The MCHC (mean corpuscular hemoglobin concentration) is the mean hemoglobin concentration in a specific volume of red blood cells (or is the percentage of the red blood cell that contains hemoglobin) and is usually a calculated value by dividing the hemoglobin by the red blood cell mass (HCT or PCV).

MCHC (g/dL) = (Hgb ÷ PCV or HCT) x 100

However, the hematology analyzer at Cornell University provides both a calculated MCHC (from direct measurement of hemoglobin after lysing the red blood cells and measuring the hemoglobin spectrophotometrically) and a directly measured CHCM, which is based on the ability of hemoglobin to scatter laser light sideways (high angle light scatter) as intact red blood cells pass through a laser beam (also called internal complexity). Thus, for every blood sample we run, we obtain a calculated MCHC (from measured hemoglobin after lysing RBC) and a directly measured CHCM (from internal complexity of intact RBC). We usually report the MCHC, but in some cases we provide the CHCM and a hemoglobin calculated from the CHCM. This is particularly used with lipemic samples in which lipemia falsely increases the measured hemoglobin concentration, but has no effect on the HCT or RBC count, resulting in a falsely increased MCHC (and MCH). In these situations, we delete the measured hemoglobin (as it is falsely high) and the related indices dependent on the hemoglobin result, MCH and MCHC, and provide results for a calculated hemoglobin, CH and CHCM, which are all obtained from the light scatter of intact RBC. This is summarized below.

  • MCHC (mean corpuscular hemoglobin concentration): This is calculated from a directly measured hemoglobin and is the RBC index that is provided on our routine hemograms for most species (exotics are an exception). Since it is a calculated value, dependent on the hemoglobin and HCT (MCV and RBC count), false increases or decreases in any of these results will falsely change the MCHC.
  • CHCM (Cell hemoglobin concentration mean): CHCM is measured from laser light scatter and is  used to back-calculate a cellular hemoglobin, which reflects the hemoglobin content within intact red blood cells. It is affected by far fewer artifacts than the measured hemoglobin and we provide this value (with the calculated hemoglobin and CH) when the measured hemoglobin is inaccurate, e.g. lipemia, and other settings where the red blood cell count is proportionally lower than the hemoglobin (in vitro or in vivo hemolysis, agglutination).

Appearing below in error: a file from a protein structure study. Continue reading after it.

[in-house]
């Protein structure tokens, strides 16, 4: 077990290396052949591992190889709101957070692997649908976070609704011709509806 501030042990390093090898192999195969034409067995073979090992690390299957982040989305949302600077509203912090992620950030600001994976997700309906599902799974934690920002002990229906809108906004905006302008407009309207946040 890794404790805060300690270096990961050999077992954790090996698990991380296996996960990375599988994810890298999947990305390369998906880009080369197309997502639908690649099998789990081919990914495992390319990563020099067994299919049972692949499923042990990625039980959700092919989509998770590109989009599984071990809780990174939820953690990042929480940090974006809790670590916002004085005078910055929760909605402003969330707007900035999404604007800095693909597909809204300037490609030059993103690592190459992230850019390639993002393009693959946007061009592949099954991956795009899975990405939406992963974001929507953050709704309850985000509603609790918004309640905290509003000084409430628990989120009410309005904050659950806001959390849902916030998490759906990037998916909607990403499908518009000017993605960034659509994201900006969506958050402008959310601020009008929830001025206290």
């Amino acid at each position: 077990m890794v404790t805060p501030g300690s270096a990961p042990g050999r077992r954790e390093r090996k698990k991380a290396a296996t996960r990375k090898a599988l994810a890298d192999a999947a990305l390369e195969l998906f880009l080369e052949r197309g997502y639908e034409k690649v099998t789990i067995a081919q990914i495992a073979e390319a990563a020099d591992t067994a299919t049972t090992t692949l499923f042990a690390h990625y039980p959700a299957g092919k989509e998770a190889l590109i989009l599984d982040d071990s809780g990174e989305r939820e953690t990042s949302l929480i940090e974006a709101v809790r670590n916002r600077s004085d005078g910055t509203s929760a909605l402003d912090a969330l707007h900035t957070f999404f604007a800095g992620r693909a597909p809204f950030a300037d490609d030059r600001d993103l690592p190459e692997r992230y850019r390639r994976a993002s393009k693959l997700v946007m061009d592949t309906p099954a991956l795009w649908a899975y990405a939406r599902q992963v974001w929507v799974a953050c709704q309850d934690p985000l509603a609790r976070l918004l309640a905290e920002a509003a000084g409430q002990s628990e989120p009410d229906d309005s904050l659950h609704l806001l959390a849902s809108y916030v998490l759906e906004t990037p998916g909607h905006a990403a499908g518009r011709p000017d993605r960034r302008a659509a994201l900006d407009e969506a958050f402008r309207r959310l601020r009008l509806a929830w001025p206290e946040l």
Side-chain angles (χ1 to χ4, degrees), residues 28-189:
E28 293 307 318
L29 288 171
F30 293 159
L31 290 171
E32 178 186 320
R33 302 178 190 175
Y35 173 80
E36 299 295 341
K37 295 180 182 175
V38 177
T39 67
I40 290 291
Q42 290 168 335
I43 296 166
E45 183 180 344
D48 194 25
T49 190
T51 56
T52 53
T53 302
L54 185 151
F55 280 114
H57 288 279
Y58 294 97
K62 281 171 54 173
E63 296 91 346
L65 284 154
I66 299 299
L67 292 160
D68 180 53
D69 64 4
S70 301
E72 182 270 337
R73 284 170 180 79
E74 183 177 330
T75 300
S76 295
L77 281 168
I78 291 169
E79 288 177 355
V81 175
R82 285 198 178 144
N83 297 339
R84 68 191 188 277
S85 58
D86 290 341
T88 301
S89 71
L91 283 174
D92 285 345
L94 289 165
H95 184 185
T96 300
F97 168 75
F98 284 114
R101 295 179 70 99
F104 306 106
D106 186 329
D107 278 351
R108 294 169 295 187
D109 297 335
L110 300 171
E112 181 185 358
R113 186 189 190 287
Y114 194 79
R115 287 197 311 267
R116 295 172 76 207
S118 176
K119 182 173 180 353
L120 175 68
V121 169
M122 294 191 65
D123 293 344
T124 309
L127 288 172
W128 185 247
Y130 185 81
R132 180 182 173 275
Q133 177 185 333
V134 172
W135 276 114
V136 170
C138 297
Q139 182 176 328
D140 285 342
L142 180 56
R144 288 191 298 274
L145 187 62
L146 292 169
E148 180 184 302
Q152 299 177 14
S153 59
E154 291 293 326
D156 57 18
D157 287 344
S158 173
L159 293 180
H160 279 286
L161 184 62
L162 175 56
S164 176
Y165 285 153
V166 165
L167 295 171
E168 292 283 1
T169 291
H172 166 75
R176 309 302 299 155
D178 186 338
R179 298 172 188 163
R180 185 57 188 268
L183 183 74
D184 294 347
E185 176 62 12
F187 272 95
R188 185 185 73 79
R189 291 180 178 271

Reported red blood cell indices on hemograms at Cornell University
Result Derivation Details Reported
Hemoglobin or Hgb (g/dL) Direct measurement RBC are lysed and hemoglobin is measured at a specific wavelength (540 nm) Routine hemogram, except if lipemia falsely increases. Does not accurately reflect oxygen-carrying capacity with true in vivo intravascular hemolysis but does with in vitro hemolysis
MCH (pg) Calculated from the measured hemoglobin (Hgb x 10) ÷ RBC Routine hemogram, unless falsely increased (e.g. lipemia, agglutination, in vivo intravascular or in vitro hemolysis)
MCHC (g/dL) Calculated from the measured hemoglobin (Hg ÷ HCT or PCV) x 100 see MCH
Calculated or cellular hemoglobin Calculated from the optically measured CHCM (CHCM x HCT)/1000or (CHCM x RBC x MCV)/1000 Not on routine hemograms, unless measured hemoglobin inaccurate or disproportionate to RBC count (see above)
CH (pg) Direct (= MCH in intact RBC only) From internal complexity of intact RBC by side scattered (low angle) laser light Not on routine hemograms, unless MCH inaccurate (see above)
CHCM (g/dL) Direct (= MCHC in intact RBC only) See CH Not on routine hemograms, unless MCHC inaccurate (see above)


Units of measurement

MCHC and CHCM are measured in g/dL (conventional units) or g/L (SI units). The conversion formula is as follows: